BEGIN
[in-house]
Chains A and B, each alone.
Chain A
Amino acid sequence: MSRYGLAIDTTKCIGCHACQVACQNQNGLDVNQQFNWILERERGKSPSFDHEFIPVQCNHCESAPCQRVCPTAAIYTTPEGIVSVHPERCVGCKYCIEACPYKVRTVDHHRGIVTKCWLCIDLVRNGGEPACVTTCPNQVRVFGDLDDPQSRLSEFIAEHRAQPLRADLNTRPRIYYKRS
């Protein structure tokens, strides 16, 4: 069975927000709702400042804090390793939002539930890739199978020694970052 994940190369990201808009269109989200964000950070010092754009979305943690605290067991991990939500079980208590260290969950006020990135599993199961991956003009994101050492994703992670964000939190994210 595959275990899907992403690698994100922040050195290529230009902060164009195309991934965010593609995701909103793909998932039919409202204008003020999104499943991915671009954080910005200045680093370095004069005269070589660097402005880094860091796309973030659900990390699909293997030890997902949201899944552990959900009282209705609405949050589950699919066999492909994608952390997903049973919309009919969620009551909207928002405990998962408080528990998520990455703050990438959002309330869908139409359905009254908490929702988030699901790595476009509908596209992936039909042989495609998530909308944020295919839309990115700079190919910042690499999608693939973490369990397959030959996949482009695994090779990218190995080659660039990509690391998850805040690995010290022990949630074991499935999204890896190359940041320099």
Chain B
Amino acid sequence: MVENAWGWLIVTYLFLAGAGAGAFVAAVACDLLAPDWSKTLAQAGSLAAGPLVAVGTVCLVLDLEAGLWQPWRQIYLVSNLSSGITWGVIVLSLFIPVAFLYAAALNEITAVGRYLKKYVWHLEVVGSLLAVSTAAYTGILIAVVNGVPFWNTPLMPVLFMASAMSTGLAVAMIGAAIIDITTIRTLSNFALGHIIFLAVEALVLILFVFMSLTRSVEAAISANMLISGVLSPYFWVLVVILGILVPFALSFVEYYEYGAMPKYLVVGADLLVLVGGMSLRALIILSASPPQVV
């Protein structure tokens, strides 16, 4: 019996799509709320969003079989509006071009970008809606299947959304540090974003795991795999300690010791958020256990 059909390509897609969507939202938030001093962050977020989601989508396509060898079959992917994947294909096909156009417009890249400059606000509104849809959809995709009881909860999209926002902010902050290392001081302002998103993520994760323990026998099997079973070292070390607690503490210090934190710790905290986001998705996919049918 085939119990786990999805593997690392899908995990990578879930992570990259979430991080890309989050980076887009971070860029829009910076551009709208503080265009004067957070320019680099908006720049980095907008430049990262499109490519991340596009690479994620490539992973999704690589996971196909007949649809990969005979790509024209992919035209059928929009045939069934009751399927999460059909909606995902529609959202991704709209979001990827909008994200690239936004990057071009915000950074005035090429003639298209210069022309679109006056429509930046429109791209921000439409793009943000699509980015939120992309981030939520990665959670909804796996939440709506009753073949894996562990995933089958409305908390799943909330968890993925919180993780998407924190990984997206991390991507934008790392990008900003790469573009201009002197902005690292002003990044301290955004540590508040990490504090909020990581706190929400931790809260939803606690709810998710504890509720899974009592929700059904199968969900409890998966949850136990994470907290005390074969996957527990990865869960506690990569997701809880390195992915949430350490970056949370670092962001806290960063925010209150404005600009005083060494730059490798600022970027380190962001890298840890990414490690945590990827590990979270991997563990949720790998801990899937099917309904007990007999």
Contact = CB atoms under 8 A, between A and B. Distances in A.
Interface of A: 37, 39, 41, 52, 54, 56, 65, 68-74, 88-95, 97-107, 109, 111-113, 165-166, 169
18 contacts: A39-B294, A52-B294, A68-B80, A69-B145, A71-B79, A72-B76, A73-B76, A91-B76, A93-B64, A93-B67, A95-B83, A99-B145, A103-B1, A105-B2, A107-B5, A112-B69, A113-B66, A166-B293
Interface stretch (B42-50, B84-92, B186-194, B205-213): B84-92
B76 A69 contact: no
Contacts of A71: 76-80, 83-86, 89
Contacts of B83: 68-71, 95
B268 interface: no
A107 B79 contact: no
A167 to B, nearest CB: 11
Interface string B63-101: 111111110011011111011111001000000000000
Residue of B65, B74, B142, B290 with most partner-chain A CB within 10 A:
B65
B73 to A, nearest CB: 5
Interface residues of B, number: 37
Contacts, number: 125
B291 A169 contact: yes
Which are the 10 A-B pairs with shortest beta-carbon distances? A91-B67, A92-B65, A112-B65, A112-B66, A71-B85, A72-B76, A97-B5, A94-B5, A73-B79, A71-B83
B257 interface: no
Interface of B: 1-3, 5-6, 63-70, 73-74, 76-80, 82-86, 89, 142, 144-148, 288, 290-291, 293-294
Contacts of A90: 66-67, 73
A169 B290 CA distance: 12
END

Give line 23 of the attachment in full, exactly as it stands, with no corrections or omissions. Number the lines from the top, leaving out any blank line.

Interface residues of B, number: 37